Monte Albán was founded around 500 B.C. and at its peak, it had about 35,000 inhabitants. Today, the archaeological site preserves a sacerdotal temple, a ballgame court, observatory, palace, several truncated pyramids, 170 elaborate tombs, and something more peculiar: hundreds of petroglyphs that are hidden among the stones.
The most notorious of these petroglyphs are found in the Plaza de los Danzantes. These are a set of stelae depicting naked and rather robust men partaking in what archaeologists think is some ritual dance, hence the name of the square (Plaza of the Dancers). The most recent interpretation of the images is that each figure may represent an enemy ruler that was captured and ritually sacrificed through being flayed alive, and hence some appear with ritual castration.
In other places, it’s possible to see hieroglyphs that correspond to the calendar. One stele is even aligned with the polar star facing north. And on the sides of one of the pyramids (Building J), there’s a series of images that show the cities conquered by the army of Monte Albán.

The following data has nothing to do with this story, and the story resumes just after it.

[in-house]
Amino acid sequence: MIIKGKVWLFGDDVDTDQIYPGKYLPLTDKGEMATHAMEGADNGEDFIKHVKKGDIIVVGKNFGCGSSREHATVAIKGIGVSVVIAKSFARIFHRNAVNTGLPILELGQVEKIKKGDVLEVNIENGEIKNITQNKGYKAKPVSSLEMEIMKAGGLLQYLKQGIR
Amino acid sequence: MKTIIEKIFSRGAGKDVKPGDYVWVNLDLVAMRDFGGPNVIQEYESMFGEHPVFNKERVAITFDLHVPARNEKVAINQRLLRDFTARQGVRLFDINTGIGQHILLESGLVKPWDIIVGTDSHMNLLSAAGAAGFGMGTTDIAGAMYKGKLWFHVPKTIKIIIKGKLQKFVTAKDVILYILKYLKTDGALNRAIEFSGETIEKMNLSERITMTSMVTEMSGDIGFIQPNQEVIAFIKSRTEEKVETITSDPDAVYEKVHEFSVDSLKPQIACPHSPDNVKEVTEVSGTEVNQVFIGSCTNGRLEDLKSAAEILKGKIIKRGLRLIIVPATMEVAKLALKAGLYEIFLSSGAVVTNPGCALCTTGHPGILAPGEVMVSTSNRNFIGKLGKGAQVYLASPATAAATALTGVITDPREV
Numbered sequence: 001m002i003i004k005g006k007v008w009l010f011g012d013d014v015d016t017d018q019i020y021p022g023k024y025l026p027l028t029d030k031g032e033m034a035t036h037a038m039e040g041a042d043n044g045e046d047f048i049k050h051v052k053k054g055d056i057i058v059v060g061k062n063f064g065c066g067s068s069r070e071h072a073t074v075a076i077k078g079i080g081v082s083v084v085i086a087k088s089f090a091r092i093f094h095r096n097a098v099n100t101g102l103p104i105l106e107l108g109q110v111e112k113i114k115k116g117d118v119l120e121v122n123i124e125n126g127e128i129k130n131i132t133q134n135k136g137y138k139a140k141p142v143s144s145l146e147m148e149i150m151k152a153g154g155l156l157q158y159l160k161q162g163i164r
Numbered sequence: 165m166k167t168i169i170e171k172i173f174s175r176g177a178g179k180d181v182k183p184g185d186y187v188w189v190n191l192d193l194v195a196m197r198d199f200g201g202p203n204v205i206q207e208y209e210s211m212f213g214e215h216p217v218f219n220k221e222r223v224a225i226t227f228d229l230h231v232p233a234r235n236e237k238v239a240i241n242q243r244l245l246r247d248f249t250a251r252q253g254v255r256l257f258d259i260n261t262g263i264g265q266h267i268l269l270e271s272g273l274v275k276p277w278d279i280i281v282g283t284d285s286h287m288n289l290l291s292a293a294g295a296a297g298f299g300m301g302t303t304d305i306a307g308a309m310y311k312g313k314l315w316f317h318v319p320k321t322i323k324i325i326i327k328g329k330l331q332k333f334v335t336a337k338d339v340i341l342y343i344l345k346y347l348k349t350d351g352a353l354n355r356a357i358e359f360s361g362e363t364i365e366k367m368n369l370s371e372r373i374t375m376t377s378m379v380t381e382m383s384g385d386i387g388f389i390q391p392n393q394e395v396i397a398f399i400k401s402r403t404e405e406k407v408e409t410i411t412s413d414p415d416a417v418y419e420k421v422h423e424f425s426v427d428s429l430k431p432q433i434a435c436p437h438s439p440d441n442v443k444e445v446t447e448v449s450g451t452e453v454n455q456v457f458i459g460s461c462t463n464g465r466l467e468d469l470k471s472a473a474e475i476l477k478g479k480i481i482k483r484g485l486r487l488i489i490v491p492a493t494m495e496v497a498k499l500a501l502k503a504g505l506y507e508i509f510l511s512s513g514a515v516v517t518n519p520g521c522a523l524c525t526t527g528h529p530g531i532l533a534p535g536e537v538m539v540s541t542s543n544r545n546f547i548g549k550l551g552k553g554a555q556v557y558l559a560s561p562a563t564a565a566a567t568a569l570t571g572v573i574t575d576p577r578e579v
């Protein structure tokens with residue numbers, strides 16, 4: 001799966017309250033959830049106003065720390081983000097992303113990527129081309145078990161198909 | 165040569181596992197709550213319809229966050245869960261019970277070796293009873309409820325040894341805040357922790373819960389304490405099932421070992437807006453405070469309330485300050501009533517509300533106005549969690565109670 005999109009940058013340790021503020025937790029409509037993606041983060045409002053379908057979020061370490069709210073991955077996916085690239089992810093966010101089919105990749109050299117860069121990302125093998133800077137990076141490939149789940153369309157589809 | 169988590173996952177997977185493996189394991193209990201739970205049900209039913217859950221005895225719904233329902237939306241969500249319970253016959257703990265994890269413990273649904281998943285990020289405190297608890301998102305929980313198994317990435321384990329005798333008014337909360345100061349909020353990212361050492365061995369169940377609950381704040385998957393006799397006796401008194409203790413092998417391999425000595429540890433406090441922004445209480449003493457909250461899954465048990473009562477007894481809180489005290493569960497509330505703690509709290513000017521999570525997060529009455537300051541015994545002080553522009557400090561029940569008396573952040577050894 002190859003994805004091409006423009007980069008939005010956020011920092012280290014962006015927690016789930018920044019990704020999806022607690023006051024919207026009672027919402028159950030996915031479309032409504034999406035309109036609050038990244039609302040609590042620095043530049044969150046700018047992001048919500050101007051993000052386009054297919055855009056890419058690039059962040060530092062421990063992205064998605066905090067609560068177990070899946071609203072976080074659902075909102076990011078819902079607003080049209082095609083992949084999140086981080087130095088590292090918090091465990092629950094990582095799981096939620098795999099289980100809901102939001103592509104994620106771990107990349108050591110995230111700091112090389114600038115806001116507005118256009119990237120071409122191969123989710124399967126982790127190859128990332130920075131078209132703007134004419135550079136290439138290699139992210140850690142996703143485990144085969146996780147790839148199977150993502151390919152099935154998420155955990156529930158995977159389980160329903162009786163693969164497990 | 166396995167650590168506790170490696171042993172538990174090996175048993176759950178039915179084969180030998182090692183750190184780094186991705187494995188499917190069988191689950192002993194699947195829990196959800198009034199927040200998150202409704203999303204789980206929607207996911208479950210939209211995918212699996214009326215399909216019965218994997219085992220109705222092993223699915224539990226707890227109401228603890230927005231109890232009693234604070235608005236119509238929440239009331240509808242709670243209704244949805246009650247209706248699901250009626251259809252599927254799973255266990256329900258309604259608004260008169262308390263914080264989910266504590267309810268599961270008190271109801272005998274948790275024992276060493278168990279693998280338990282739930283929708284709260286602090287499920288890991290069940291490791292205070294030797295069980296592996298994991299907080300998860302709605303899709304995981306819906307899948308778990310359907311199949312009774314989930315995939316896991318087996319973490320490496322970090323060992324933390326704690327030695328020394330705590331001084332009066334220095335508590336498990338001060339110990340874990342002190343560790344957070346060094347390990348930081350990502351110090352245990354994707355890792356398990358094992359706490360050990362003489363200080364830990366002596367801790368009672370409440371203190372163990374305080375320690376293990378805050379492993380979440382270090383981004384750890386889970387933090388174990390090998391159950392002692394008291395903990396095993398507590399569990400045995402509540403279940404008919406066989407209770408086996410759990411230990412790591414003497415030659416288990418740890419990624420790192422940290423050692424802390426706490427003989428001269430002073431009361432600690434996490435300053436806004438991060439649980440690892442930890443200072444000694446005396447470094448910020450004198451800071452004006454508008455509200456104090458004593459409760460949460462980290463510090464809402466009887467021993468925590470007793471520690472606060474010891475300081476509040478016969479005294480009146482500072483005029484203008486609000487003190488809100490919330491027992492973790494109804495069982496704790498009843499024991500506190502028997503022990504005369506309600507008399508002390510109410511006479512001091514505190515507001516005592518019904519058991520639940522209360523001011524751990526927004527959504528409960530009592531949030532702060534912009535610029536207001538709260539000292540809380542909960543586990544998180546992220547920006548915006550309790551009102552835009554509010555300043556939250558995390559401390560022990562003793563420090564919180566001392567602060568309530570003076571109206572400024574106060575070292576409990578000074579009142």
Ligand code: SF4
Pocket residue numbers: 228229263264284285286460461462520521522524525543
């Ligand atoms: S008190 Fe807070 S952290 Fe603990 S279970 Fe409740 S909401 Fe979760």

One of the earliest and most important Mesoamerican cities, Monte Albán was a cultural center of the Olmec, Zapotec, and Mixtec people over the course of some 1,500 years. Around the 8th century, the farmland dried up and the rains were so scarce that the city began to suffer the consequences. Before abandoning the city, the people entrusted their dead to the bat god and the ruling priests never returned. Since then, Monte Albán has been considered a sacred, mystic place.
The abandoned city was unearthed between 1931 and 1939 by archaeologists Alfonso Caso, Ignacio Bernal, and Jorge Acosta. The site has been open to the public since then.
Know Before You Go
The site is about 5 miles from downtown Oaxaca. The best way to get there is by taxi or tour bus. Entry costs 70 pesos. Open daily from 8 a.m. to 5 p.m.